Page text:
So you may have to seek the advice of a lawyer to understand the particular legal aspects of contract law in your state, for your circumstances, etc.
However, generally speaking you have a contract with your employer which sounds like it makes one of two claims (or both):
Any work you do using company resources (on company time, with company materials and/or company equipment) the company has claim to.
Any work you do using your own resources (on your own time, materials and equipment) they do not have a claim to.
This means that in order for the company to lay claim to your work they have to be able to prove that you violated the contract. You do not have to prove that you did not violate the contract.
So if you use their equipment you can expect there will be some evidence of that use. If you use their materials, it may be noticed that materials went missing. The use of "time" may be difficult to prove either way, but if you use
"company time" and there is evidence of that, then you should be concerned that you will lose partial or full claim to your idea.
The key here is to have separate resources for your idea (computer, equipment, materials, etc.). Also, you should avoid performing any work for your personal idea while on your employer's premises, as this could be considered use of their resources such as "employer paid time" due to your presence there.
Also, if you have a good relationship with your employer then it's possible that you should make your idea known to them (or simply that you have a personal project you are working on outside of work with commercial potential) so that you can discuss the boundaries of your contract. You may also be able to contact someone in HR to express that you have an idea and you want to be sure that you follow your contract appropriately.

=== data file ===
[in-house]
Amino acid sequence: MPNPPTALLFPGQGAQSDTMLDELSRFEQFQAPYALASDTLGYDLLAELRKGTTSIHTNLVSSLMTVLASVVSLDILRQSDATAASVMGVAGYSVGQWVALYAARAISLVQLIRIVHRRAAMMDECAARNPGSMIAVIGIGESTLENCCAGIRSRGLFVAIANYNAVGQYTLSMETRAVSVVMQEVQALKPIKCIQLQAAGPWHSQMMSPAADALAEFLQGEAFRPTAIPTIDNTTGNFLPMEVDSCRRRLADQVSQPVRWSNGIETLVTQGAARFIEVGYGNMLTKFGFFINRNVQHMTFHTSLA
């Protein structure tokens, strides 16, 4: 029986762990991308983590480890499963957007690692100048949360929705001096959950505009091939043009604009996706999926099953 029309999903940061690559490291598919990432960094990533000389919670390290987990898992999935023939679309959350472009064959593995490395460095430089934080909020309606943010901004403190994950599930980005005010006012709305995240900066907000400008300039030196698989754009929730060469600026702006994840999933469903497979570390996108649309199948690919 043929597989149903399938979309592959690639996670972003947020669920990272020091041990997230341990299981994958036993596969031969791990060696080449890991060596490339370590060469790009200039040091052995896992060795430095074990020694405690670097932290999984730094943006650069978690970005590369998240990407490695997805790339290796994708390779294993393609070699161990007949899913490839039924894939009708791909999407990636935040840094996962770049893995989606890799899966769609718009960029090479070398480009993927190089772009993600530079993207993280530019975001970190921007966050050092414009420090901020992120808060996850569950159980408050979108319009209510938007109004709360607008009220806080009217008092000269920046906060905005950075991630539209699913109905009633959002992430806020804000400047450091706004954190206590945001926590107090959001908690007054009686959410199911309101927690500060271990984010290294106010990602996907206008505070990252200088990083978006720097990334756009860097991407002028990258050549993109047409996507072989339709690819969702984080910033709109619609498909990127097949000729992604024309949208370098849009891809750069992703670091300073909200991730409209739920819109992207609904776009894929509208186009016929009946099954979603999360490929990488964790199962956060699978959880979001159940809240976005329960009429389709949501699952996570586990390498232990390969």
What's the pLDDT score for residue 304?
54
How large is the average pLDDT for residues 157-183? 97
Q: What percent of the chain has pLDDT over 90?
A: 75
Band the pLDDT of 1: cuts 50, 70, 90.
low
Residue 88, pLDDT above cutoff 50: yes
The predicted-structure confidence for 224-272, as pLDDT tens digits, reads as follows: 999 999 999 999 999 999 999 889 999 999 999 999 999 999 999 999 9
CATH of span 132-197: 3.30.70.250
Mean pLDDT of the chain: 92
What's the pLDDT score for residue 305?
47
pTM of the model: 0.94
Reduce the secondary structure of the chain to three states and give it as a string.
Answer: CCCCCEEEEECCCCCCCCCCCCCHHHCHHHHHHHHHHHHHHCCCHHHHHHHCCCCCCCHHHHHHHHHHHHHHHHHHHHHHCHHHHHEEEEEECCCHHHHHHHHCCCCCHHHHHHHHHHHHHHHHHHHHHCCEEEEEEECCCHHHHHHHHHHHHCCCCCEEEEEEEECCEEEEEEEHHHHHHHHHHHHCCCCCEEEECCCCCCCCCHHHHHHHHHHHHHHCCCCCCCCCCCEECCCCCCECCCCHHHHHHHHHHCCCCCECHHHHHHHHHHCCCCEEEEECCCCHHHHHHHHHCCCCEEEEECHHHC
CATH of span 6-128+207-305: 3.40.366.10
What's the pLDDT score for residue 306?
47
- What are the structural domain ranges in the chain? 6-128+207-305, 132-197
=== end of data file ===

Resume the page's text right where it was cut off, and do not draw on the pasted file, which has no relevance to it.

What the contract fundamentally does is allow them to have recourse in situations where someone is using company resources for personal gain. In situations where the employer has essentially purchased that employee's time and dedication, and the employee has not provided their time and services as expected, the employer needs recourse. If someone is causing wear on equipment, using parts or supplies from the employer, then the employer is subsidizing the employee's personal endeavors and the company should be compensated.
One of the trickiest points here is that as you pursue this idea, you may find yourself distracted at work. You may also find that you need to take breaks you would not otherwise have taken, or attend to "personal business" during normal business hours. This is typically why employers have these clauses in their contracts, because these distractions may not be significant enough to terminate an employee, but still are a real cost to the company.